Posted by Bixpy on Feb 6th 2017
Watt Hours vs Amp Hours - What’s the Difference?
Understanding Battery Power Vocabulary
Different batteries seem to have different ways of defining their power output and overall power capacity. Some use Amps, Amp Hours, or Watt-Hours.
What's the difference and what's the best way to actually understand and compare batteries?
For the purposes of this blog, we'll keep things simple and mainly focus on outdoor power banks and outboard trolling motors batteries.
Until very recently, only one kind of trolling motor was available for marine use (those old fashion trolling motors with the large propellers and throttle handles on top). Most marine electronics ran on 12V power, and power banks in their current format were not really a thing.
So aside from the batteries commonly found in flashlights and other small electronics, the only rechargeable batteries were those bulky 12V lead-acid batteries and, for a slightly more waterproof battery option, were their SLA (sealed lead acid) counterparts.
Because the most common voltage in these batteries was 12V, most people simply refer to the battery capacity using the Amperes (Amps) of these batteries, and the comparison was simple, the higher the Amps, the more energy a battery held.
Watt Hours vs Amp Hours
With the introduction of lithium batteries and a much wider range of electronics requiring different voltages, Amps are becoming less useful in comparing batteries. The problem with defining power in Amps is that it doesn't really take into consideration the voltage of the battery. It's all good if all batteries are 12V, but things fall apart quickly at different voltages.
Because of this, a simpler way to compare batteries is by knowing the battery's watt-hours since watt-hours take into consideration the voltage of the battery in question. It offers a simpler way to understand the overall capacity of the battery.
Here's a simple example comparing an old fashion SLA battery with the lithium batteries used in running the Bixpy J-2 motors in the J-2 Outboard kit:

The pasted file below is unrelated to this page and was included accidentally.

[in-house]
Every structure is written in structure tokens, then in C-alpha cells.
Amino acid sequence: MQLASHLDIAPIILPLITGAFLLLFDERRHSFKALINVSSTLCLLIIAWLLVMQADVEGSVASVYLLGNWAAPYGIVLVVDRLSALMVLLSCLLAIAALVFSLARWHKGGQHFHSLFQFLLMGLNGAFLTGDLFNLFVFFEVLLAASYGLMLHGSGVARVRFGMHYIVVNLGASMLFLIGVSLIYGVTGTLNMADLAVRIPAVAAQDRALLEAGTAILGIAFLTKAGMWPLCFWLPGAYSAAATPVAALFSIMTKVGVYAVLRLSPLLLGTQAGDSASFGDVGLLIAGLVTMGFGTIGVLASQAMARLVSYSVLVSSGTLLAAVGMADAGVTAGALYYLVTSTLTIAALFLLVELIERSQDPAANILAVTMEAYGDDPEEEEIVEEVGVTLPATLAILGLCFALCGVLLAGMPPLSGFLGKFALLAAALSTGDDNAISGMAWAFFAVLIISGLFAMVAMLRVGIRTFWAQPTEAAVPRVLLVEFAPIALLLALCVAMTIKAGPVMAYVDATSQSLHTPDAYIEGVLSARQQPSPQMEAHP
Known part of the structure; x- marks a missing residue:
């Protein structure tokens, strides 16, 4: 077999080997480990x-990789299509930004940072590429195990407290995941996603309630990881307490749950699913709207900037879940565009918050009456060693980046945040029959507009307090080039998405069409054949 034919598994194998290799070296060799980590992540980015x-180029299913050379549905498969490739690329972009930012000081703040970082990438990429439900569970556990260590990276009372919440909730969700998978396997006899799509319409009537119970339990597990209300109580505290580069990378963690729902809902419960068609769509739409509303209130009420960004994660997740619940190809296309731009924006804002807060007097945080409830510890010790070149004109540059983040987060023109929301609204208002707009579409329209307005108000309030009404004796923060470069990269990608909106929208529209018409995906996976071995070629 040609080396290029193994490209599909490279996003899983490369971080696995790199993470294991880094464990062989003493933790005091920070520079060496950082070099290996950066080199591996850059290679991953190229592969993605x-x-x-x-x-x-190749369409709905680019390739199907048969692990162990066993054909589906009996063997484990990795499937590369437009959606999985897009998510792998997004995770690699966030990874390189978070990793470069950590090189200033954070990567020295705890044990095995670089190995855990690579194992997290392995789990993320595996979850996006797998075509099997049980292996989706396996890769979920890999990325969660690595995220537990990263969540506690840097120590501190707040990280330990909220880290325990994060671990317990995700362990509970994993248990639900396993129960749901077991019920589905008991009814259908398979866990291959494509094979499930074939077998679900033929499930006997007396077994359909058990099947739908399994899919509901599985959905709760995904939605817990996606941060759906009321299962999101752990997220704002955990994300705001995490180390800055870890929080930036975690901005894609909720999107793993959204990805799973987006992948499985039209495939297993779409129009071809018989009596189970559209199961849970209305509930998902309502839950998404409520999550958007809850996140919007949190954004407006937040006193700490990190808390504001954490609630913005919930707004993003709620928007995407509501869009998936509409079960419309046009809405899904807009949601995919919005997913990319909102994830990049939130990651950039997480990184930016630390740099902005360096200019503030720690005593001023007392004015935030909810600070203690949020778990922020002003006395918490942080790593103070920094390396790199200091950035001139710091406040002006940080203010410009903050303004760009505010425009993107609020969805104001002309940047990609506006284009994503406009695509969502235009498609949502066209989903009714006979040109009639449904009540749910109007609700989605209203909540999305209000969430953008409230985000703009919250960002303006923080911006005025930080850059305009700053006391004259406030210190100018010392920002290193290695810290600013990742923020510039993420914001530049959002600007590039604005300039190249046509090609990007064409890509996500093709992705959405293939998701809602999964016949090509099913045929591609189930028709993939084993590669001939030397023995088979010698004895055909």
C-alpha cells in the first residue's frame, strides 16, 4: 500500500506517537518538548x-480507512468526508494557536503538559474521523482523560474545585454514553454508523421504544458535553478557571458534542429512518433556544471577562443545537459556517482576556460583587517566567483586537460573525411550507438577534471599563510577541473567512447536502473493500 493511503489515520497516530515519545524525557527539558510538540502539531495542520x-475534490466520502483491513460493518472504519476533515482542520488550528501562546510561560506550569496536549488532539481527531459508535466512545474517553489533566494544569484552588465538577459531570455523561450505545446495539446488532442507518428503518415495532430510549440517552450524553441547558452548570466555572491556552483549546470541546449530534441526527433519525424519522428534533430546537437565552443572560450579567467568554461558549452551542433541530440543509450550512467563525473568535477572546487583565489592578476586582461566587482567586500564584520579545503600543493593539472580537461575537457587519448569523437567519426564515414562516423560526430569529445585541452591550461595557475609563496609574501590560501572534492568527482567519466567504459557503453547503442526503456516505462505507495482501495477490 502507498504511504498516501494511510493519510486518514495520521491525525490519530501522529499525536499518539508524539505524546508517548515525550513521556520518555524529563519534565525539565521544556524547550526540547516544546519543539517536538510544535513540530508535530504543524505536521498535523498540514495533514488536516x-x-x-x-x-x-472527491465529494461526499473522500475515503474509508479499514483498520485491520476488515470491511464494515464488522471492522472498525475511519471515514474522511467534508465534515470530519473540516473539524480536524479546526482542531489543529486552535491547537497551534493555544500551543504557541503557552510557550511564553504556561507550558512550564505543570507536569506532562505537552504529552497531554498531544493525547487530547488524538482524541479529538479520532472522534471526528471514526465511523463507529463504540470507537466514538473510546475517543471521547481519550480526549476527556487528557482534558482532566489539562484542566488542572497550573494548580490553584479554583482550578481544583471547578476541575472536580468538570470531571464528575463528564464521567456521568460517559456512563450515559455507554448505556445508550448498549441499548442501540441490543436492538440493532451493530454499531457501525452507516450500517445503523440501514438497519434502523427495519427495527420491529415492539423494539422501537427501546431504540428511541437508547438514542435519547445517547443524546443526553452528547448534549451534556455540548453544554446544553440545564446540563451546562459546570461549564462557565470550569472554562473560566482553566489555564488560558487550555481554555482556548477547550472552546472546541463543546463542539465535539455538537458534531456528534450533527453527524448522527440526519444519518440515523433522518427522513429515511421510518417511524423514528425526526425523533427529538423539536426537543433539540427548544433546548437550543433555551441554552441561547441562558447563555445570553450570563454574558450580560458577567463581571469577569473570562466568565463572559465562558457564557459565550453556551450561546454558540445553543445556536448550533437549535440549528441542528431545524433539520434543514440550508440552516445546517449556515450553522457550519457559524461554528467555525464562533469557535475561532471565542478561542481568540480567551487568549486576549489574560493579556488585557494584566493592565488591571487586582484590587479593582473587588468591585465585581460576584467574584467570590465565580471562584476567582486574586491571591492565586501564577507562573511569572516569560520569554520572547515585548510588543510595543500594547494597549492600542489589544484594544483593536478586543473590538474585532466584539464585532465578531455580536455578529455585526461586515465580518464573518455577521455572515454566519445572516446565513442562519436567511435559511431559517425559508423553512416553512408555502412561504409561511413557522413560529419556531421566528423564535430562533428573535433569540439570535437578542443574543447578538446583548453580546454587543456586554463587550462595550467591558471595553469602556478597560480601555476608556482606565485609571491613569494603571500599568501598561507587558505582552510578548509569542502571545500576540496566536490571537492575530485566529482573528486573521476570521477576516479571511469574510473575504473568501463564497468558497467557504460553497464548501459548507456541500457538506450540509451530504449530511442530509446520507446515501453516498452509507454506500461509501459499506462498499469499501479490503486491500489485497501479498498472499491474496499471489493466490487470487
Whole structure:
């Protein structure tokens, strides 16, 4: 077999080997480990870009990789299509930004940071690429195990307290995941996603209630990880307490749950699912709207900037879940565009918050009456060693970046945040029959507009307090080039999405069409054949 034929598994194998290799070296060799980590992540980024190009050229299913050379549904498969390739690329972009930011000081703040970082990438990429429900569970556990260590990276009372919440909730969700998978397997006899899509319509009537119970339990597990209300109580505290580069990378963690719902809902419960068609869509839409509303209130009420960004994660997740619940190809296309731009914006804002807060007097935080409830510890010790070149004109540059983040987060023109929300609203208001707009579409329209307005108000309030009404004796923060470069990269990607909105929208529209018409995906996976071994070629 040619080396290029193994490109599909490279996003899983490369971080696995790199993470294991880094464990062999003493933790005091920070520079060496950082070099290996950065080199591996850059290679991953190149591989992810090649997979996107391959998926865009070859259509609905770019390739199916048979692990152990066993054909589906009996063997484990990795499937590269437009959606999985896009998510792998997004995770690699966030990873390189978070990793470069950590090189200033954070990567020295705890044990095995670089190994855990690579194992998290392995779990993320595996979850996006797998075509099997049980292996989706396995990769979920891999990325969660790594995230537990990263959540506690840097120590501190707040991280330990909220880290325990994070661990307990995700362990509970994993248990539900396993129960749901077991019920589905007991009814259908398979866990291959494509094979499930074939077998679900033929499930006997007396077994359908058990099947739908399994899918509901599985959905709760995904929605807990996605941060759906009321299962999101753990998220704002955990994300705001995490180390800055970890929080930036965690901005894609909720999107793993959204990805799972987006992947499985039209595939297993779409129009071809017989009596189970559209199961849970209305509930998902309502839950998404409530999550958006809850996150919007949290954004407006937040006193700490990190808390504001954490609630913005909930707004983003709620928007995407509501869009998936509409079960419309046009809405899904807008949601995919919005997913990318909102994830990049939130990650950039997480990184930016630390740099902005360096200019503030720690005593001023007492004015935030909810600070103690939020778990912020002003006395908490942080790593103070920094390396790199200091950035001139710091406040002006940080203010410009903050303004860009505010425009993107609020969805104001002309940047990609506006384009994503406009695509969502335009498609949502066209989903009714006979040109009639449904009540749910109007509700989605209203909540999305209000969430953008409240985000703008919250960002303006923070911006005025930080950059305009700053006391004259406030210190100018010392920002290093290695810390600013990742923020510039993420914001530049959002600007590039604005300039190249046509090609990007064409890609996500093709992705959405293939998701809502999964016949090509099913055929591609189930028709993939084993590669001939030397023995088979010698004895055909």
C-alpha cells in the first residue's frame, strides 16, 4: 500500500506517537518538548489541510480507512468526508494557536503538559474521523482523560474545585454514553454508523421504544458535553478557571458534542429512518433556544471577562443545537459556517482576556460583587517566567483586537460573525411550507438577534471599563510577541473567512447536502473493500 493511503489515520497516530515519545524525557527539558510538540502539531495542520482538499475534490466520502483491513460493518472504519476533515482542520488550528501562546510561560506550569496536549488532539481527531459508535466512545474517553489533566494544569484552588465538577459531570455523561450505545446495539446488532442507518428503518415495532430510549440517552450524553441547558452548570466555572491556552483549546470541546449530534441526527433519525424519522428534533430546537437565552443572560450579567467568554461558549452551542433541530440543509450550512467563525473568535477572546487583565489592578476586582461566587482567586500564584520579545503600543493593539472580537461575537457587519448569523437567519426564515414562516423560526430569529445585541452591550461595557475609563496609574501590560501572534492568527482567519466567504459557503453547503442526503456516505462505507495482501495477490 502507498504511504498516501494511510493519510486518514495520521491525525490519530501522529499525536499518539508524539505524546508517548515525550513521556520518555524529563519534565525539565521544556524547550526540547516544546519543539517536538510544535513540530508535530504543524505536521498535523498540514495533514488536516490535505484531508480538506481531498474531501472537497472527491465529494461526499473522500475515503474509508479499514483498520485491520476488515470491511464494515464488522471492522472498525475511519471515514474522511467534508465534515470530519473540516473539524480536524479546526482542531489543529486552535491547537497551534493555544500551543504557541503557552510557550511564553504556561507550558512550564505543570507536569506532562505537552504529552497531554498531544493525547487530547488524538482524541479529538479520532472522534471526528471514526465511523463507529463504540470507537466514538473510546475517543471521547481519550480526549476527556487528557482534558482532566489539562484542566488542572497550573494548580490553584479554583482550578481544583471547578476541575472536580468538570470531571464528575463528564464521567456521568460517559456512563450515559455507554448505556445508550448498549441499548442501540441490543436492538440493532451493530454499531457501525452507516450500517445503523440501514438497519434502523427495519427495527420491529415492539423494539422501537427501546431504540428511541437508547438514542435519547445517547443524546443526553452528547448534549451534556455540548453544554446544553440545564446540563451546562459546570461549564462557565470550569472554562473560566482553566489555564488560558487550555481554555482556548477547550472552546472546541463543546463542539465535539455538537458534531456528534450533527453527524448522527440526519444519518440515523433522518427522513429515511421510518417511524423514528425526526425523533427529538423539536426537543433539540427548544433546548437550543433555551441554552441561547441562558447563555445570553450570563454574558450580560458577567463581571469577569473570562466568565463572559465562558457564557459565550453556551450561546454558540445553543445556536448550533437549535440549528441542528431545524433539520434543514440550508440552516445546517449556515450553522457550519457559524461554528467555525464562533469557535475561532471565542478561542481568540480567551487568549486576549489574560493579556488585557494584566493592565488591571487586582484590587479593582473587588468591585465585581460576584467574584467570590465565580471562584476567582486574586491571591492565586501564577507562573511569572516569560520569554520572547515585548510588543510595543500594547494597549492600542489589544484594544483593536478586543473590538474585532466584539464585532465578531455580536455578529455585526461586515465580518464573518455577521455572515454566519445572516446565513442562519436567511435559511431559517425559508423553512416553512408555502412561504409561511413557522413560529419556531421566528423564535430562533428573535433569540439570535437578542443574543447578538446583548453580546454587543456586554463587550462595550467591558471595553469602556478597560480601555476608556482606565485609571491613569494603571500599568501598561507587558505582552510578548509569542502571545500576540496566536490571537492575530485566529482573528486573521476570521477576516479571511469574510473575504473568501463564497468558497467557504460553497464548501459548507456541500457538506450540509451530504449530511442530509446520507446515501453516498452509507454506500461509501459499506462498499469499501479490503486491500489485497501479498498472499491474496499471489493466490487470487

- A 12-volt lead-acid battery with 30 Amps of capacity holds (12x30) 360 watt-hours of power.
- A 7-cell lithium battery at 25.2 volts and 15 Amps of capacity holds (25.2 x 15) 378 watt-hours of power.
So if you were to compare these two batteries simply using their amper values, you would think the lead-acid battery has a higher capacity, but that would be wrong. In fact, the 15Amp lithium battery holds 5% more power!
This also applies to power banks made for powering or charging your small electronic devices (like the PP-166 Power Station).
Here's another quick example to compare the power capacity of two power banks:
- ACME Power Bank is labeled as holding 13Amp (or 13,000 mAmp) of power, but because the manufacturer is labeling the power bank at 5V output (common for USB devices), the true power capacity of ACME Power Bank holds 13Amp x 5V = 60 Watt hours.
- The PP-166 Power Station by Bixpy holds 13Amp (or 13,000 mAmp) or power, but it's rated at 12.8 Volts, which is the nominal voltage of the battery. So the PP-166 Power Station holds 13Amps x 12.8V = 166 Watt hours.
So the Wh of power contained within the battery pack is generally the easiest way to compare batteries to each other. It's analogous to comparing gallons (or liters) of water in a bucket regardless of the shape of the bucket or the hose that filled it with water, or the hose you will use to empty it. Another lesson on that to follow soon ;-)